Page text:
desire to practice the highest standard of medicine, as a
loving and caring human being who was also trained in the
specialty of Family Practice.
My philosophy of medicine holds the doctor to be an
educator-the true definition of the word doctor. I have
attempted in that role of educator to practice preventive
medicine, as well as therapeutic intervention. I have an
abiding belief in the biblical phrase that tells us it is better
to teach a man to fish than to give him a fish.
I have attempted to demonstrate my belief in good health
maintenance by practicing that which I preach. There have
been occasions in which my alliances have been in discord
with this philosophy; projects started that will not be
completed. Yes, there are some regrets.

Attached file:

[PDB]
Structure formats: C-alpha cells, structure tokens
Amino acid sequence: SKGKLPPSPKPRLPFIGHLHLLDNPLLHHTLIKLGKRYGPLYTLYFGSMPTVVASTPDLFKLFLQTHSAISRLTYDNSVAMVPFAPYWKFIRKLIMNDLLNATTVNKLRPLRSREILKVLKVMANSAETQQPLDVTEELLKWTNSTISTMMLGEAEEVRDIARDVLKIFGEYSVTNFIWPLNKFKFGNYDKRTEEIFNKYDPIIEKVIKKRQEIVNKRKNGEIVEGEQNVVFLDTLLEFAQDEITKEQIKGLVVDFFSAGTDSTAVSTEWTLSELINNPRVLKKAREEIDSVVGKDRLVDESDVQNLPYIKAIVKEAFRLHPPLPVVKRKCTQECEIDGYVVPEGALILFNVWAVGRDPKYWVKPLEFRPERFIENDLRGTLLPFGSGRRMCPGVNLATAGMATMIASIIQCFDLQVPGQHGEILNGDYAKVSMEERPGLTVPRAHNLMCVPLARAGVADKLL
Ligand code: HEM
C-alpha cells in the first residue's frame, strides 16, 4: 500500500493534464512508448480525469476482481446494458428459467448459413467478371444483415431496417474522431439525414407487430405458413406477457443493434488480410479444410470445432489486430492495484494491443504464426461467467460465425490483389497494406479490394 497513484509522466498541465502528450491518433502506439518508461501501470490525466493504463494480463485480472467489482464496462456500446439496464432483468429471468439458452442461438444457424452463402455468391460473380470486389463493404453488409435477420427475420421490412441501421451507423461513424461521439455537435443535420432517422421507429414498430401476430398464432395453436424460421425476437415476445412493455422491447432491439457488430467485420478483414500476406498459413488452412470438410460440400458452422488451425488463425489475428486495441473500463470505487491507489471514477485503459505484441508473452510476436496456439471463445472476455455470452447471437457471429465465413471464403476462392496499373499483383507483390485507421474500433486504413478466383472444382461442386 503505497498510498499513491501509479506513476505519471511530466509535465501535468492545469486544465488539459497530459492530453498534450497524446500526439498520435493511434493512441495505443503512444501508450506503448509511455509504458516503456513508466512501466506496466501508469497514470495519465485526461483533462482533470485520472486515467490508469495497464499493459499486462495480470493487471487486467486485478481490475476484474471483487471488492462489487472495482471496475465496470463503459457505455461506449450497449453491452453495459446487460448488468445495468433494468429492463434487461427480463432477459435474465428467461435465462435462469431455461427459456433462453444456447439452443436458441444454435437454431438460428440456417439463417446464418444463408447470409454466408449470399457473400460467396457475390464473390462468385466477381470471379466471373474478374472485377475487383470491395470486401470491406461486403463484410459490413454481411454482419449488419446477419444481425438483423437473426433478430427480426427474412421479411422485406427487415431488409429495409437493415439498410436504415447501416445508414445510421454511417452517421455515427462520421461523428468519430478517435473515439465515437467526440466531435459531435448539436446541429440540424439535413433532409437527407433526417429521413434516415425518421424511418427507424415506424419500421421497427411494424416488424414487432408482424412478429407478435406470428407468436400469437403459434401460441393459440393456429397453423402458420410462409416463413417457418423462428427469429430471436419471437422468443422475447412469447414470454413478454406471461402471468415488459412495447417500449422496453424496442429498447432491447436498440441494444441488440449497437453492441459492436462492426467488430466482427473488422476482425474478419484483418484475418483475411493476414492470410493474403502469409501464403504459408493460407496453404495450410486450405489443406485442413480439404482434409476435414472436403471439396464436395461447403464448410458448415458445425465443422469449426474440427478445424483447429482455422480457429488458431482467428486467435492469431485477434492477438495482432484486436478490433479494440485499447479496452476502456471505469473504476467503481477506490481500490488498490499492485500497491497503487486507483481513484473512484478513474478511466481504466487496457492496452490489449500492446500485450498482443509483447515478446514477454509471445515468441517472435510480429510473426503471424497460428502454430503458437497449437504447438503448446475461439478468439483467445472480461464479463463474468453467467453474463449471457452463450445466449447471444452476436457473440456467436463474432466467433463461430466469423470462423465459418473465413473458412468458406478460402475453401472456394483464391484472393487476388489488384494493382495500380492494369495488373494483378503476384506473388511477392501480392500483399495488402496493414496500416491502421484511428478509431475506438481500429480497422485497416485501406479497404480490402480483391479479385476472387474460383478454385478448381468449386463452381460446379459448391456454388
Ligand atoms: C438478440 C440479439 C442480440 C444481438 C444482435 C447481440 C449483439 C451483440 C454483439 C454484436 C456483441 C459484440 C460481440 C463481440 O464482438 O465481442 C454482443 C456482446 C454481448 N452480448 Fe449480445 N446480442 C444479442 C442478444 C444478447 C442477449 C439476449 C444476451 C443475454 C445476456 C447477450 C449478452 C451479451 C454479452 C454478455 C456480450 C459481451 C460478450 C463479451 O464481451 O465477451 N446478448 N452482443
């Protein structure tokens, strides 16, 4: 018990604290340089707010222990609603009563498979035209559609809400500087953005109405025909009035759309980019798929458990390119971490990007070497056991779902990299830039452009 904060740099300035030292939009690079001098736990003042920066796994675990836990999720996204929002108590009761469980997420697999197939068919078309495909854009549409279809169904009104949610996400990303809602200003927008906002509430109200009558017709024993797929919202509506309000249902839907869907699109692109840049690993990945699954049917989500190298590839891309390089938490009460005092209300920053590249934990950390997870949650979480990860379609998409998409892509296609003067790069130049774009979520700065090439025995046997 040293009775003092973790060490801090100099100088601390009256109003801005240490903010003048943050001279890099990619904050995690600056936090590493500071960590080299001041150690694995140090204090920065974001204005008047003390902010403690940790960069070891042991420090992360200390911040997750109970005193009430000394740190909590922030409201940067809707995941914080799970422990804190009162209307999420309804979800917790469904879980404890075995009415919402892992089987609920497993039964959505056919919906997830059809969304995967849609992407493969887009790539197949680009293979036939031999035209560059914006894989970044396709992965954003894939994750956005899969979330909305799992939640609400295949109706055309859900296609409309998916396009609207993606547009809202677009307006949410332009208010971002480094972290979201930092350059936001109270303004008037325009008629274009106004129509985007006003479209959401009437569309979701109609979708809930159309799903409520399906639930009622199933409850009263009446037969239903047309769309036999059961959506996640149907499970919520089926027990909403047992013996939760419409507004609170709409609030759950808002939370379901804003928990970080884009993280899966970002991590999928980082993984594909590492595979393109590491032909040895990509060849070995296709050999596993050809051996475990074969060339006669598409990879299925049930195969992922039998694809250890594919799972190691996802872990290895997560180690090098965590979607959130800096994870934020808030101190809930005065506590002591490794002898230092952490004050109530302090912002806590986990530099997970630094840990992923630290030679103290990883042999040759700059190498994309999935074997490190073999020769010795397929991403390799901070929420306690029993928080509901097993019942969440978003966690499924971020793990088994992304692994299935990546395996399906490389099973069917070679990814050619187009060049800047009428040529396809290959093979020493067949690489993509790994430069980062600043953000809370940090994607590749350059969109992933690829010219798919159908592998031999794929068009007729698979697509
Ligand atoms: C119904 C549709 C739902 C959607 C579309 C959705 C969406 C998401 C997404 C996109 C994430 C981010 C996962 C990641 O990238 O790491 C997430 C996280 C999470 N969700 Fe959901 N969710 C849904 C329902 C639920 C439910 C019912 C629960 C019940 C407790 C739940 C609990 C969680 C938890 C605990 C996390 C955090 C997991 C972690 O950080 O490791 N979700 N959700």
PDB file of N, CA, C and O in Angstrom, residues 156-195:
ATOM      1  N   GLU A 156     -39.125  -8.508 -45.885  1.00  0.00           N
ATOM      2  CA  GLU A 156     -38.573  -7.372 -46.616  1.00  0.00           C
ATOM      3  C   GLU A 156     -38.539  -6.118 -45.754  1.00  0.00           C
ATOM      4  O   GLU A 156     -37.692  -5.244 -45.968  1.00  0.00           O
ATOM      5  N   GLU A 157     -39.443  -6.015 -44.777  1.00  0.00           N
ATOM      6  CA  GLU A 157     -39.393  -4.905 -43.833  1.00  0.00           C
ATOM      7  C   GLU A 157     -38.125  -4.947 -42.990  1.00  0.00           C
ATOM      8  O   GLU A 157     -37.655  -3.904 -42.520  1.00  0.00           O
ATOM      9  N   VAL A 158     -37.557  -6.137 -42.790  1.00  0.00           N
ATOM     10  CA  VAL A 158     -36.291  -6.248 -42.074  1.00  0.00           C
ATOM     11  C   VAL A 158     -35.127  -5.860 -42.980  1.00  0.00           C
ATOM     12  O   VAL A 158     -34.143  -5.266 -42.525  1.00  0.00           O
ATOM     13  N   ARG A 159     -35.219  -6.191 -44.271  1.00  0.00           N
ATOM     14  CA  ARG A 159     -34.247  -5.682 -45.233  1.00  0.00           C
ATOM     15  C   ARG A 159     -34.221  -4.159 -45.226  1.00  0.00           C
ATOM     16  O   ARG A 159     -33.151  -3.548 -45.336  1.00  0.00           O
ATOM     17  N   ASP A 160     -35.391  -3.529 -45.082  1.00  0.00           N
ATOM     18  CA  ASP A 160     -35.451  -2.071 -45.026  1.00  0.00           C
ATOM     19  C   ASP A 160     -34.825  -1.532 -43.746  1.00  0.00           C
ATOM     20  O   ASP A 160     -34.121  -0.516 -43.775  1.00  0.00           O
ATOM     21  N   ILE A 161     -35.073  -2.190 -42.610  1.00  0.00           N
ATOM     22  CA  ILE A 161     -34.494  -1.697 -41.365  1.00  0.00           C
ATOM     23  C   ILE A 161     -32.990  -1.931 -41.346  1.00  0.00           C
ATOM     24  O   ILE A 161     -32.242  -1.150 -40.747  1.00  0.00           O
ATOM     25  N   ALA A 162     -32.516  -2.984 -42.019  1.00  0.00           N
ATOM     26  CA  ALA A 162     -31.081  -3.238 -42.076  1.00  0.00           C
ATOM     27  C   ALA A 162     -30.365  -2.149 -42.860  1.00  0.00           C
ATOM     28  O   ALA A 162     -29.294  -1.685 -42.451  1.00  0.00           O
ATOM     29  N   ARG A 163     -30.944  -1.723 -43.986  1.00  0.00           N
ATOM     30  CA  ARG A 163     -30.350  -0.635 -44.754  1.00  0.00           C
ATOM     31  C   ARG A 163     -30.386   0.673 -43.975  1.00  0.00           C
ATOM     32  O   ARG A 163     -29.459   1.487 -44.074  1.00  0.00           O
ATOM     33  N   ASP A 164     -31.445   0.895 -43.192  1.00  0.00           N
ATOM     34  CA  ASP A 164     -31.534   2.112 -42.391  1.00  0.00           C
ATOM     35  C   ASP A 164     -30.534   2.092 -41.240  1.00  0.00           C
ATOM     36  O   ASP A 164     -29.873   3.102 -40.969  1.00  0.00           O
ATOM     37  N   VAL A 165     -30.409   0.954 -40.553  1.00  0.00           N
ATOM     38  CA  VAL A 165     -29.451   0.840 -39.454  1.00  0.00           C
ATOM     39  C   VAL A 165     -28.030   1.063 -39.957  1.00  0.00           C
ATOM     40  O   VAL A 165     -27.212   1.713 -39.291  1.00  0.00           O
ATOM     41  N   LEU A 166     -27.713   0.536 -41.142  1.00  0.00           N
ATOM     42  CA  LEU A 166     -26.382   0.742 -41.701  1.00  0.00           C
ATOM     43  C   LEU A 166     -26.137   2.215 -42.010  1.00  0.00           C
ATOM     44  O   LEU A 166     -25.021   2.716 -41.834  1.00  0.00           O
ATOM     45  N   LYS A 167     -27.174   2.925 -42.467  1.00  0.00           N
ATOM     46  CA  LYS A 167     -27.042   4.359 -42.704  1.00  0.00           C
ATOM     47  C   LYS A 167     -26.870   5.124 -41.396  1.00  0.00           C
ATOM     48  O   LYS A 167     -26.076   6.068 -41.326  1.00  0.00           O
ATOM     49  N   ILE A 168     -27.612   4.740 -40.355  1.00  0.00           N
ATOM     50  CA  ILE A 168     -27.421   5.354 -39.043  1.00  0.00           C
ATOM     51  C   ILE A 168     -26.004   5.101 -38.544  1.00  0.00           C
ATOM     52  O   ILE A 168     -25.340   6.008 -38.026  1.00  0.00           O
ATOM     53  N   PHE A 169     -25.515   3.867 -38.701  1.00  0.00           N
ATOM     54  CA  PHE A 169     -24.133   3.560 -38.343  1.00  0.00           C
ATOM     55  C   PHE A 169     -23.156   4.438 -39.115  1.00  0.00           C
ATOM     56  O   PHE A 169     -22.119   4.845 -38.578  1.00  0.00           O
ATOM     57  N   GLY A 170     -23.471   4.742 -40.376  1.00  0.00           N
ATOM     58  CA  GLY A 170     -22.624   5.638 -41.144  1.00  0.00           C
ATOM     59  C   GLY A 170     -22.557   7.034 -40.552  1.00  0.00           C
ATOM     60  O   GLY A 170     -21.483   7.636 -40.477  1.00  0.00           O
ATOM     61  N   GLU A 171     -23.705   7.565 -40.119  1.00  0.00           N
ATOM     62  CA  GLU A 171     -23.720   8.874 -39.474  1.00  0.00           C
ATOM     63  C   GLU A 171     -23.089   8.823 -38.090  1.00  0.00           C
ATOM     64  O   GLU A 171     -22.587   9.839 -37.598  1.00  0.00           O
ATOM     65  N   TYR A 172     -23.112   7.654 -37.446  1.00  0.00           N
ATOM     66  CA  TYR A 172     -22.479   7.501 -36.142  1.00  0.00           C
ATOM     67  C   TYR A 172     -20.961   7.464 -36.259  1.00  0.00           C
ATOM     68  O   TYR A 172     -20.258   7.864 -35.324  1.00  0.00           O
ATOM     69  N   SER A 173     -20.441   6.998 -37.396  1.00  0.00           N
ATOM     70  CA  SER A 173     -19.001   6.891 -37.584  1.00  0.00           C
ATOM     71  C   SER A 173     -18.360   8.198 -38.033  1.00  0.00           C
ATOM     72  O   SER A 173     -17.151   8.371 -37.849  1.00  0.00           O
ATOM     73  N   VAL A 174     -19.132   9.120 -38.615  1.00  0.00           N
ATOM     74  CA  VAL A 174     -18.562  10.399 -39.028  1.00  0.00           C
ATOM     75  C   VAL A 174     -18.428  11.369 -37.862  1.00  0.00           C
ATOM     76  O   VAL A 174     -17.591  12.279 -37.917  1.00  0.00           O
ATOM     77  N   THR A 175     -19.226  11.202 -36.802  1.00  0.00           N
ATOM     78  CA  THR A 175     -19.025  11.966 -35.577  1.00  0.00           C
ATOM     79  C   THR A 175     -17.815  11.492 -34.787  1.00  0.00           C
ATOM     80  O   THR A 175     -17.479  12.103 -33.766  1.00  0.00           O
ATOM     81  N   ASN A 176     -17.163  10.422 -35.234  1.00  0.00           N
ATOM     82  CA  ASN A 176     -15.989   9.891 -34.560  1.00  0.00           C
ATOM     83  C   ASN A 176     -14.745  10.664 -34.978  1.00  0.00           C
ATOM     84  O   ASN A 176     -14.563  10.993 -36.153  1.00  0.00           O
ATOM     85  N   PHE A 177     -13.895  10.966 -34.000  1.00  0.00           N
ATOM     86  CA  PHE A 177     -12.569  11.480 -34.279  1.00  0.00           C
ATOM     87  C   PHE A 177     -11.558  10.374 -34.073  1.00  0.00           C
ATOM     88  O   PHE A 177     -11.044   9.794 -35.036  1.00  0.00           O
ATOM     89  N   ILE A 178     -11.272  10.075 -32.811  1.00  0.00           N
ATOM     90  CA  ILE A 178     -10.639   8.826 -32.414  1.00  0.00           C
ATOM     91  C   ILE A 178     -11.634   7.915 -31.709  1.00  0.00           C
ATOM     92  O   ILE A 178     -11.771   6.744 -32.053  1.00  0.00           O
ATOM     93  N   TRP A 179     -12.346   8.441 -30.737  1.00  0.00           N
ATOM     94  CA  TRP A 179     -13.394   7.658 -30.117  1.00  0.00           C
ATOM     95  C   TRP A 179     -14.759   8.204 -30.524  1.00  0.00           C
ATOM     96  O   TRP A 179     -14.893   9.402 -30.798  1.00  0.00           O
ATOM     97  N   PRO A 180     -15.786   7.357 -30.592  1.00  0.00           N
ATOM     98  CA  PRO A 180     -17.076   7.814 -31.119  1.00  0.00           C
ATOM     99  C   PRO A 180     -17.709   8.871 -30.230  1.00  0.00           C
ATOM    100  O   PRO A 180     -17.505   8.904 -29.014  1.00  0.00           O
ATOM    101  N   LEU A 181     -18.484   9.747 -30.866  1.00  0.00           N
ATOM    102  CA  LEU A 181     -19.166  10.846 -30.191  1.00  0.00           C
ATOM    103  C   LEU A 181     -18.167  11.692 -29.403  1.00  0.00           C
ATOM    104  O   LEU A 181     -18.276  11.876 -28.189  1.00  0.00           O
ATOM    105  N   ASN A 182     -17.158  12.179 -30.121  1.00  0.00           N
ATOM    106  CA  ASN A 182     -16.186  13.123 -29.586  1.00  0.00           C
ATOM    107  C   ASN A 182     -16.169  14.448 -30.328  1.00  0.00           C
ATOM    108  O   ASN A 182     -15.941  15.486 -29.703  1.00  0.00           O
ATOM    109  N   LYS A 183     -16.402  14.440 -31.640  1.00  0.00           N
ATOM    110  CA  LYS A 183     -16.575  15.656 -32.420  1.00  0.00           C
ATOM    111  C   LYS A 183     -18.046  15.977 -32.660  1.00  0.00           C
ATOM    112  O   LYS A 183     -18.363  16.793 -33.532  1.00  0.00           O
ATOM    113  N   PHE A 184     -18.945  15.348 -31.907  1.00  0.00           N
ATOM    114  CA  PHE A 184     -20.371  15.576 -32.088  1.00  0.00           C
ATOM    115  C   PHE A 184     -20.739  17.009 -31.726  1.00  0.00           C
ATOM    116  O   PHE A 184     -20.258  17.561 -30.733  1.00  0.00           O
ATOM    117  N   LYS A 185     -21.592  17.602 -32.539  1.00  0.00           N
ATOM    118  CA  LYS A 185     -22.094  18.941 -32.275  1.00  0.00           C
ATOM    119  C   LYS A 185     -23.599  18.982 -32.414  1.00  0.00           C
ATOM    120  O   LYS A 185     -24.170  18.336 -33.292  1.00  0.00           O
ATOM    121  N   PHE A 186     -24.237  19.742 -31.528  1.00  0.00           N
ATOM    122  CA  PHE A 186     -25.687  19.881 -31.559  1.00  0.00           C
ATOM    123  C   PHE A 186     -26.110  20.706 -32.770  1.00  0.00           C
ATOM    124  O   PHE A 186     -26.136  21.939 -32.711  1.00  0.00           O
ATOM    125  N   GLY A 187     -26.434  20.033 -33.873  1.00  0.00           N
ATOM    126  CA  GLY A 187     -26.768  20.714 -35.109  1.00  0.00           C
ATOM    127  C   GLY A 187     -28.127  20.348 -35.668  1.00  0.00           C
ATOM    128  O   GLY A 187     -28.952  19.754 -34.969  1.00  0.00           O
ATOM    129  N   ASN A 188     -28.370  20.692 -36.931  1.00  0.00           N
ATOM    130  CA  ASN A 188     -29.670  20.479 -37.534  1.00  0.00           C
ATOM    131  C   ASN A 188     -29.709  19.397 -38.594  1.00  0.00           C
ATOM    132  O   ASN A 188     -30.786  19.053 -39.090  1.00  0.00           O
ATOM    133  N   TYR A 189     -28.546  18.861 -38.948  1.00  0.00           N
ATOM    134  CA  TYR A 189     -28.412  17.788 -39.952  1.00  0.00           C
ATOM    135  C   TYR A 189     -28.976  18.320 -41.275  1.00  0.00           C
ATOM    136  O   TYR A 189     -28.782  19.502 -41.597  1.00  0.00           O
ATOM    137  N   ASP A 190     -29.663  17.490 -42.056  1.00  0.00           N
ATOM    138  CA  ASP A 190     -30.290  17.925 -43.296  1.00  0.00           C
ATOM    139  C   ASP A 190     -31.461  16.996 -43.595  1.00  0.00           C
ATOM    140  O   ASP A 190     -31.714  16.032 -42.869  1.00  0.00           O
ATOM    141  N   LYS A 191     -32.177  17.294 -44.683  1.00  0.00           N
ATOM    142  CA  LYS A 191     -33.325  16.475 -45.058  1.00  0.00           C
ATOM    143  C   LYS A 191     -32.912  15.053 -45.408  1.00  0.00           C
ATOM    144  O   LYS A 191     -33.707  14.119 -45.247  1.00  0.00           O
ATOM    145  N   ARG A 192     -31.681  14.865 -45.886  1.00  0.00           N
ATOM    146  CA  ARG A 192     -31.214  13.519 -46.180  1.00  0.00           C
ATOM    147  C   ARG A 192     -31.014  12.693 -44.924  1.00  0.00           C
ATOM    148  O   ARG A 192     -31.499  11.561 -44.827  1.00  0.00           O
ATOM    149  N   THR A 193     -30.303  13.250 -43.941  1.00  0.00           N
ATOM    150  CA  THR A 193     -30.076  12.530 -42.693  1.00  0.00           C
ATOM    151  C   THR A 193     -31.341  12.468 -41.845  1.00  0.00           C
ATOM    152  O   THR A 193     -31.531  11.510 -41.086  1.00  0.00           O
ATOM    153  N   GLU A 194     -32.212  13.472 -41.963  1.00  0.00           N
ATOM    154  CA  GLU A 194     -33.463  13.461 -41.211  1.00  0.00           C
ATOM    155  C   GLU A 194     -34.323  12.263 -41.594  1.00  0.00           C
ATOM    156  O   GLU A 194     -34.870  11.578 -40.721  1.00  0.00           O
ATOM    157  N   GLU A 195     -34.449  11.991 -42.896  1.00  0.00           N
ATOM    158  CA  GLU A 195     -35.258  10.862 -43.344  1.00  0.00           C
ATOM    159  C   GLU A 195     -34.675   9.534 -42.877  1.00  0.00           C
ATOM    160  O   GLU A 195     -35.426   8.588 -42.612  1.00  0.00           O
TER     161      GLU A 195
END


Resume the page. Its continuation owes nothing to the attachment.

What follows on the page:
For the most part, it has been extremely gratifying to
experience the warm acceptance of what appeared to be in
this area at least, a non-traditional medical practice. In the
end, it is clear that we all share the same goals of an
improved quality of life.
It now becomes necessary for me to move the basis of my
practice, and my office in Village Pines will be closing
effective July 1, 1992. For the honored patients in my
practice who wish to continue with me, 1 welcome the
opportunity to discuss these plans further. Please contact
my office or my home at your convenience. For those
individuals with whom my association in a patient-doctor
relationship shall end, I thank you for the pleasure of that
acquaintance. With my most sincere regards...
Marilyn Boehm, MD, PhD
CM 902 THE BRUNSWICK BEACON